Khalid Wahdatyaar, a senior Afghan journalist who lives in exile, stressed to The Media Line that Islamic State and some Taliban groups were earning up to $500m. annually off the opium trade.
Wahdatyaar, who served in the Afghan Ministry of Information under former president Hamid Karzai, said that before the US invasion of Afghanistan in 2001, the poppy fields had been eradicated by the Taliban. After the Taliban-backed government was toppled, poppy growers returned and are now producing 90% of the world’s opium.
Opium is a highly lucrative business, with an annual global profit estimated at $65 billion. As Afghanistan’s production of the drug increased, trafficking routes out of the country have become increasingly coveted.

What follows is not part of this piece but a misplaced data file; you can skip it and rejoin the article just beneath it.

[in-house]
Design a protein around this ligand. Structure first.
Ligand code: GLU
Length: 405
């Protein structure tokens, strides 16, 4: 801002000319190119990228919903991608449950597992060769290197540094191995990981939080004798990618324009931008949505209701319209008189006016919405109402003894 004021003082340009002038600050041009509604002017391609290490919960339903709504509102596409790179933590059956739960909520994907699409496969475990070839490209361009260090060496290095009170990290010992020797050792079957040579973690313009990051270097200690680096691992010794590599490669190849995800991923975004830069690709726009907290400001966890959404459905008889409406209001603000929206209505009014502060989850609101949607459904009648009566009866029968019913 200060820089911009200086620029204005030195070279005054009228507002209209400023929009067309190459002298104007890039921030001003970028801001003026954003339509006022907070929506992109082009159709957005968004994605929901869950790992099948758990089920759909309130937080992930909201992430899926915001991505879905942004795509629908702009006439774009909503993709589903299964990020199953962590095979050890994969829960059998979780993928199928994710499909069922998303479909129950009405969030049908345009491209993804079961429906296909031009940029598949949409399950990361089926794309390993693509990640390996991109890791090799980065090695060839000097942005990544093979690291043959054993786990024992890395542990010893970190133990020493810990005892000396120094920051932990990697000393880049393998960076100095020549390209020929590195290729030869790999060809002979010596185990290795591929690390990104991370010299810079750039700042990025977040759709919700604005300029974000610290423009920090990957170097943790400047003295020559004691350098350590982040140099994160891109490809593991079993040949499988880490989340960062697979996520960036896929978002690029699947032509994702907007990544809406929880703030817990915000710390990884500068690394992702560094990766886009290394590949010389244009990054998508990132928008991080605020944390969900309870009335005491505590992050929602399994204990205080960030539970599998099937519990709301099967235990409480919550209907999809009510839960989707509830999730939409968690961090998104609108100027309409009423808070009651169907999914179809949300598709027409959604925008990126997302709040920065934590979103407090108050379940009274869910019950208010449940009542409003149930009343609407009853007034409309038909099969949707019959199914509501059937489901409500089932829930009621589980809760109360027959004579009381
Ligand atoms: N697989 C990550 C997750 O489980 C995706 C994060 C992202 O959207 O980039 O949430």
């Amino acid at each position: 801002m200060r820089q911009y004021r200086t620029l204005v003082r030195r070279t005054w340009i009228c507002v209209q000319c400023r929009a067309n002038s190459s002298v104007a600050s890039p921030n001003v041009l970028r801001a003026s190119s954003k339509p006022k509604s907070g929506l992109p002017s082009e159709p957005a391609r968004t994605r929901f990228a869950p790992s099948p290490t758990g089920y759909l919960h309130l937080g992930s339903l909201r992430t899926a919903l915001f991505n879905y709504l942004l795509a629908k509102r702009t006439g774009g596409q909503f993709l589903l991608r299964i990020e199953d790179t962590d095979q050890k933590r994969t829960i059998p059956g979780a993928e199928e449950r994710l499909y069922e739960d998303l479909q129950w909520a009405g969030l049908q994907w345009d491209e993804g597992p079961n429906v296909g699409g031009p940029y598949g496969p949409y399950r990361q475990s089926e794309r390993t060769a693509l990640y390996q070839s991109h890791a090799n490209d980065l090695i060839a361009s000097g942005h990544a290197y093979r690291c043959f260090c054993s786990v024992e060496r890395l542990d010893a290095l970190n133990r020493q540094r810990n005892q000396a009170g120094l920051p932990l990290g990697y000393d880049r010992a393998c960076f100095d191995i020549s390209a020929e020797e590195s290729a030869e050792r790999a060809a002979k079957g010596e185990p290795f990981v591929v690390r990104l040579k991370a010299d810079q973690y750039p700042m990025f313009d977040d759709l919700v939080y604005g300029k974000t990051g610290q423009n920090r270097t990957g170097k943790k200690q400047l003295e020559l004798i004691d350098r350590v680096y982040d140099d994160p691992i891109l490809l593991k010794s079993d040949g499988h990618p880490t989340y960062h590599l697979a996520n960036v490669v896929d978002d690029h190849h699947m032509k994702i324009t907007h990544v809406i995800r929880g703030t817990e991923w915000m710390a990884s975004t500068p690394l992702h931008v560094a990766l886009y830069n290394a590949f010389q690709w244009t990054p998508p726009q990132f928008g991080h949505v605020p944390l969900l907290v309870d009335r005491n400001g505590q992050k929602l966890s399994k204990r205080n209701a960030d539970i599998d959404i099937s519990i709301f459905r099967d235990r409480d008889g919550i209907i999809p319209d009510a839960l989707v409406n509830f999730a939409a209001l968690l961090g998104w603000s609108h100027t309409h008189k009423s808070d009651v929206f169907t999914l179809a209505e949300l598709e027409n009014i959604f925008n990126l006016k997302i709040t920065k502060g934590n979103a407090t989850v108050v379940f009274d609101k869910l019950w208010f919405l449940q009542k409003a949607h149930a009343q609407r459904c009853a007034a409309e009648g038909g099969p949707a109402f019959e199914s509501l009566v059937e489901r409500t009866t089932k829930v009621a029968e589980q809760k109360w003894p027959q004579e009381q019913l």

The Islamabad chapter of the UNODC published a recent report indicating that Pakistan is the main exit point for opium products leaving Afghanistan.
The long border between the two countries is impossible to control and provides plenty of routes for smugglers.
The Anti-Narcotics Force (ANF) is the prime drug law enforcement agency in Pakistan located in Rawalpindi, a short distance from the general headquarters of the Pakistan Army.
Riaz Soomro, director of the ANF, told The Media Line that his agency is working hard to counter drug trafficking throughout the country and internationally.
“This year alone, the ANF has already registered 561 cases, arrested 673 people, including 22 foreign nationals involved in drug trafficking, seized 59.84 metric tons of drugs and 14.48 metric tons of prohibited chemicals, and has broken up five domestic and two international drug trafficking organiza- tions,” he related.